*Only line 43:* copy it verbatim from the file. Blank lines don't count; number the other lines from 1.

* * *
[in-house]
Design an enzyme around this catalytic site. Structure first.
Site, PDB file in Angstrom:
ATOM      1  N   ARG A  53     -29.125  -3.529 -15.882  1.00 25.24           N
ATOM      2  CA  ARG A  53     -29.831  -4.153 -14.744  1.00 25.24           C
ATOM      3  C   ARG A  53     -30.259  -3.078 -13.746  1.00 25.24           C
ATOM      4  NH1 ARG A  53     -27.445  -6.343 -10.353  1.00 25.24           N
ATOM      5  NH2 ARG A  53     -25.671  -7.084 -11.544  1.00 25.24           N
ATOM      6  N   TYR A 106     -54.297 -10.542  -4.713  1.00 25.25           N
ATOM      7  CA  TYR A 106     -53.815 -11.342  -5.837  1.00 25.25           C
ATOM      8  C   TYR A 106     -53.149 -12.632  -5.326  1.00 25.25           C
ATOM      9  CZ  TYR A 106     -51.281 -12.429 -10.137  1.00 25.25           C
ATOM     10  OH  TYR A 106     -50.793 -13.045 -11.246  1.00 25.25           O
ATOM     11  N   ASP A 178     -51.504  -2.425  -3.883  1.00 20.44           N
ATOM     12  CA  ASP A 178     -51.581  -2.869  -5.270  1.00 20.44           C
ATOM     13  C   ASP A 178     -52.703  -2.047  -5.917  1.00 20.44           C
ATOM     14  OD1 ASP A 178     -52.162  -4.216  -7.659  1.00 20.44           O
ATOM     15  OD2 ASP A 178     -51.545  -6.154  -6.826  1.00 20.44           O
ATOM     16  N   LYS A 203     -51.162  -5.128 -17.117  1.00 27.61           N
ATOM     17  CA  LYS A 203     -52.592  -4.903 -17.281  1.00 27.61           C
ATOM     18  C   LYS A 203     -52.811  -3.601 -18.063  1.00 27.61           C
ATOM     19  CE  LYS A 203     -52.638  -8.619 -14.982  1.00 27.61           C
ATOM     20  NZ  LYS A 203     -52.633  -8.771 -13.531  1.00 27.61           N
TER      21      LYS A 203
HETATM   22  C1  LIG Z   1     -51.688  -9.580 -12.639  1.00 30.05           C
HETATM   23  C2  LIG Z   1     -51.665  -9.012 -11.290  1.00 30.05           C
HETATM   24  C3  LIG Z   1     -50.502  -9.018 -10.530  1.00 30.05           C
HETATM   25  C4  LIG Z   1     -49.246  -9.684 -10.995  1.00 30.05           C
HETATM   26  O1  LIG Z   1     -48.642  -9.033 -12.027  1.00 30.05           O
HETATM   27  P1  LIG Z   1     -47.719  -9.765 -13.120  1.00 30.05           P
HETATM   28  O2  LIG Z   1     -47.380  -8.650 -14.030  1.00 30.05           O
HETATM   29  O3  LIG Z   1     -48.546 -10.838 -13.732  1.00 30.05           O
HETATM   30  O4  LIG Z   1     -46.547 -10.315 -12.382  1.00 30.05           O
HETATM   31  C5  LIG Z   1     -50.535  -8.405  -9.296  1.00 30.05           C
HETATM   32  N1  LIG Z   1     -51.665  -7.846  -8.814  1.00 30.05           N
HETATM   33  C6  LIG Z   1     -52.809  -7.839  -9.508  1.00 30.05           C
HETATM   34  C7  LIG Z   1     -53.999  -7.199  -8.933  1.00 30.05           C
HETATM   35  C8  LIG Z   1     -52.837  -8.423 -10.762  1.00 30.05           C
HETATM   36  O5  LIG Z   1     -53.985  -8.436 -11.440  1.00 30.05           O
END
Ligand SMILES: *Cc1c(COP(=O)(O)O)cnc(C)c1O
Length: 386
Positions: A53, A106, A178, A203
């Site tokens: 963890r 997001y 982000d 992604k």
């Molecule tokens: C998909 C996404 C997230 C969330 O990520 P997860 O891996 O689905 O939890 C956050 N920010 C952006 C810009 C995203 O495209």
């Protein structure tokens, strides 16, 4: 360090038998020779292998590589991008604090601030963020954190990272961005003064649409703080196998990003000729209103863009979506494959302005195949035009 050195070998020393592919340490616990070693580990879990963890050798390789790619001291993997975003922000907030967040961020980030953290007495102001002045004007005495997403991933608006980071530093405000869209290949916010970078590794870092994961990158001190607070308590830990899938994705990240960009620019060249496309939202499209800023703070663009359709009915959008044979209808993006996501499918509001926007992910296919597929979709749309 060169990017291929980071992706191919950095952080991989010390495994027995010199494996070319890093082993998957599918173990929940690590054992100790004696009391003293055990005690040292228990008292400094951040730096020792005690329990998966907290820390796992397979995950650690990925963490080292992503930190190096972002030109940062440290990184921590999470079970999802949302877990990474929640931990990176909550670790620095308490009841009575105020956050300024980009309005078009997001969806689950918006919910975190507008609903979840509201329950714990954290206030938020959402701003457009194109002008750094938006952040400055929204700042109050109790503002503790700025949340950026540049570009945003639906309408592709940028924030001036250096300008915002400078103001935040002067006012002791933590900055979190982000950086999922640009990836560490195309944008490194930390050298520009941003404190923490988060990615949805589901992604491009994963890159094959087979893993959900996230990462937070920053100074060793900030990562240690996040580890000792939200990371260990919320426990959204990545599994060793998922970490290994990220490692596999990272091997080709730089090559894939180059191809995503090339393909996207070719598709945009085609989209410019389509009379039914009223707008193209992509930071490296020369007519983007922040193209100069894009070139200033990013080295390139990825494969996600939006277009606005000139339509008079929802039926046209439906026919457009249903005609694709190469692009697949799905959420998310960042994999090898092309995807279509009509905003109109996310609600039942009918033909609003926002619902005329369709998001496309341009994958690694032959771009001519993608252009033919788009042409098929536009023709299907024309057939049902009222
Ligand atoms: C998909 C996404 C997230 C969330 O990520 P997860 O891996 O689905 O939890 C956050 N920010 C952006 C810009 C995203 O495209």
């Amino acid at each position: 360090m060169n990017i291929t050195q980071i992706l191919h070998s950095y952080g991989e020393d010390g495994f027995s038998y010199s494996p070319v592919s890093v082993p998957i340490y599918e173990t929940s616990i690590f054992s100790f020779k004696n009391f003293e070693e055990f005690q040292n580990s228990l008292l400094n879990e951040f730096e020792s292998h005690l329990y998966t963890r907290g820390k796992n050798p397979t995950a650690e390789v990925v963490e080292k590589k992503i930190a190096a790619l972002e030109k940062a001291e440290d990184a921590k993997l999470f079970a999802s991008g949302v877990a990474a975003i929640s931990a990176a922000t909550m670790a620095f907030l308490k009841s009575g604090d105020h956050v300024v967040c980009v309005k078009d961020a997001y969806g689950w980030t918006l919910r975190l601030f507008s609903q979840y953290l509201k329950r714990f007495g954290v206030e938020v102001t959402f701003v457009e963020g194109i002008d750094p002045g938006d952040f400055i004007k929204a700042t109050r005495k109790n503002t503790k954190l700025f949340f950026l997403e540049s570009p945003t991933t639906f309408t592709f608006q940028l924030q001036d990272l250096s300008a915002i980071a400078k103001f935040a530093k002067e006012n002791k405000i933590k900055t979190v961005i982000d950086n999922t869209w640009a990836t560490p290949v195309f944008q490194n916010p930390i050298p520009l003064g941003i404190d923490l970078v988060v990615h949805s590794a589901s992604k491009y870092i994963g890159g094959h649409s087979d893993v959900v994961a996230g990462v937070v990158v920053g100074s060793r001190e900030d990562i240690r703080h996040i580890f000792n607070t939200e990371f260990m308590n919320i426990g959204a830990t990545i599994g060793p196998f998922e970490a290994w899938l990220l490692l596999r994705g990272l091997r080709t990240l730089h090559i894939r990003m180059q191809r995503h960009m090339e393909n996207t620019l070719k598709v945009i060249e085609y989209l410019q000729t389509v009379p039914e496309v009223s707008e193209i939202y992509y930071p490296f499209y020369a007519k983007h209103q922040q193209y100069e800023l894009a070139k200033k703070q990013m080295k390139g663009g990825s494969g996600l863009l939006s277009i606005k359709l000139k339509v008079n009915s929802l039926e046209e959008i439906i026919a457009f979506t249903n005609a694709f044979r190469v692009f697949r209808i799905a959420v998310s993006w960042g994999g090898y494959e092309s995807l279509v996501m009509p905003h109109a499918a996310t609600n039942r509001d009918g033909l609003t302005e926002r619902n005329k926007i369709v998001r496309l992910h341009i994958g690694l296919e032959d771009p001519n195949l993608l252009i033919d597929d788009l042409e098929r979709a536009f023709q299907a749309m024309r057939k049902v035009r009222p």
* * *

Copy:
Positions: A53, A106, A178, A203